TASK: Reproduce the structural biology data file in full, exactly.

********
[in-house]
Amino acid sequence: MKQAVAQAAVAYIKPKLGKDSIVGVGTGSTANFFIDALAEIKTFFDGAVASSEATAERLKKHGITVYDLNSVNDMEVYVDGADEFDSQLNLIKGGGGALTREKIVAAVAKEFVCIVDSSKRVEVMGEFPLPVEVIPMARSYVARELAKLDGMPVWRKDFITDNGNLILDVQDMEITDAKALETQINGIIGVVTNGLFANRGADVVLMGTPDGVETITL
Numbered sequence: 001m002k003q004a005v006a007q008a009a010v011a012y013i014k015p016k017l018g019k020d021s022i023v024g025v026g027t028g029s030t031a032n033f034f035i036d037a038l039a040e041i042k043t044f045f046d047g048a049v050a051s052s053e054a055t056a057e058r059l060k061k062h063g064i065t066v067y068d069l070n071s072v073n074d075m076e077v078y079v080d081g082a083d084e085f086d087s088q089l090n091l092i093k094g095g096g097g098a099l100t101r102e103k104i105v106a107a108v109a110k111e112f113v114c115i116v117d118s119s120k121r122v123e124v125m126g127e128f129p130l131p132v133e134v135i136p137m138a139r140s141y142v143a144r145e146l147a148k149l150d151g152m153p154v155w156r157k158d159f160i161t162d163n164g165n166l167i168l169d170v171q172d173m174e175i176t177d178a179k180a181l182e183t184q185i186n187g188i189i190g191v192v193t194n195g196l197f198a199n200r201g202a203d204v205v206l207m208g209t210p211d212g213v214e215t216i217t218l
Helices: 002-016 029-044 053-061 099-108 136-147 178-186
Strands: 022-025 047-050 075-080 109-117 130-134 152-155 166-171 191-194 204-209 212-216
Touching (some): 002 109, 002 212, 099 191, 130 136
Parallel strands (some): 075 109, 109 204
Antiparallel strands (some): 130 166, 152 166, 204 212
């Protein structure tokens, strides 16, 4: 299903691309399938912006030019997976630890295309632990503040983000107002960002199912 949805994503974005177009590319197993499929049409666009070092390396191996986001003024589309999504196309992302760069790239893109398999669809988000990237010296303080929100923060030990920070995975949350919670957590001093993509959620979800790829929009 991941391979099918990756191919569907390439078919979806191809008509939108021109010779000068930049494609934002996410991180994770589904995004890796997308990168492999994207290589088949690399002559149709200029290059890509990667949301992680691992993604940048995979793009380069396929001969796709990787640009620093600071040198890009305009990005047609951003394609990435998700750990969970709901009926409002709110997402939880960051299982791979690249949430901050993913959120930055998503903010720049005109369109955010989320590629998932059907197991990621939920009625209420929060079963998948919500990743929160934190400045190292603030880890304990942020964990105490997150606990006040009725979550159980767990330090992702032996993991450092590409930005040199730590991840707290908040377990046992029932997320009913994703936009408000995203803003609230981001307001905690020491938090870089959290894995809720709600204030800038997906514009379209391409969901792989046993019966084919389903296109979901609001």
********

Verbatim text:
[in-house]
Amino acid sequence: MKQAVAQAAVAYIKPKLGKDSIVGVGTGSTANFFIDALAEIKTFFDGAVASSEATAERLKKHGITVYDLNSVNDMEVYVDGADEFDSQLNLIKGGGGALTREKIVAAVAKEFVCIVDSSKRVEVMGEFPLPVEVIPMARSYVARELAKLDGMPVWRKDFITDNGNLILDVQDMEITDAKALETQINGIIGVVTNGLFANRGADVVLMGTPDGVETITL
Numbered sequence: 001m002k003q004a005v006a007q008a009a010v011a012y013i014k015p016k017l018g019k020d021s022i023v024g025v026g027t028g029s030t031a032n033f034f035i036d037a038l039a040e041i042k043t044f045f046d047g048a049v050a051s052s053e054a055t056a057e058r059l060k061k062h063g064i065t066v067y068d069l070n071s072v073n074d075m076e077v078y079v080d081g082a083d084e085f086d087s088q089l090n091l092i093k094g095g096g097g098a099l100t101r102e103k104i105v106a107a108v109a110k111e112f113v114c115i116v117d118s119s120k121r122v123e124v125m126g127e128f129p130l131p132v133e134v135i136p137m138a139r140s141y142v143a144r145e146l147a148k149l150d151g152m153p154v155w156r157k158d159f160i161t162d163n164g165n166l167i168l169d170v171q172d173m174e175i176t177d178a179k180a181l182e183t184q185i186n187g188i189i190g191v192v193t194n195g196l197f198a199n200r201g202a203d204v205v206l207m208g209t210p211d212g213v214e215t216i217t218l
Helices: 002-016 029-044 053-061 099-108 136-147 178-186
Strands: 022-025 047-050 075-080 109-117 130-134 152-155 166-171 191-194 204-209 212-216
Touching (some): 002 109, 002 212, 099 191, 130 136
Parallel strands (some): 075 109, 109 204
Antiparallel strands (some): 130 166, 152 166, 204 212
């Protein structure tokens, strides 16, 4: 299903691309399938912006030019997976630890295309632990503040983000107002960002199912 949805994503974005177009590319197993499929049409666009070092390396191996986001003024589309999504196309992302760069790239893109398999669809988000990237010296303080929100923060030990920070995975949350919670957590001093993509959620979800790829929009 991941391979099918990756191919569907390439078919979806191809008509939108021109010779000068930049494609934002996410991180994770589904995004890796997308990168492999994207290589088949690399002559149709200029290059890509990667949301992680691992993604940048995979793009380069396929001969796709990787640009620093600071040198890009305009990005047609951003394609990435998700750990969970709901009926409002709110997402939880960051299982791979690249949430901050993913959120930055998503903010720049005109369109955010989320590629998932059907197991990621939920009625209420929060079963998948919500990743929160934190400045190292603030880890304990942020964990105490997150606990006040009725979550159980767990330090992702032996993991450092590409930005040199730590991840707290908040377990046992029932997320009913994703936009408000995203803003609230981001307001905690020491938090870089959290894995809720709600204030800038997906514009379209391409969901792989046993019966084919389903296109979901609001």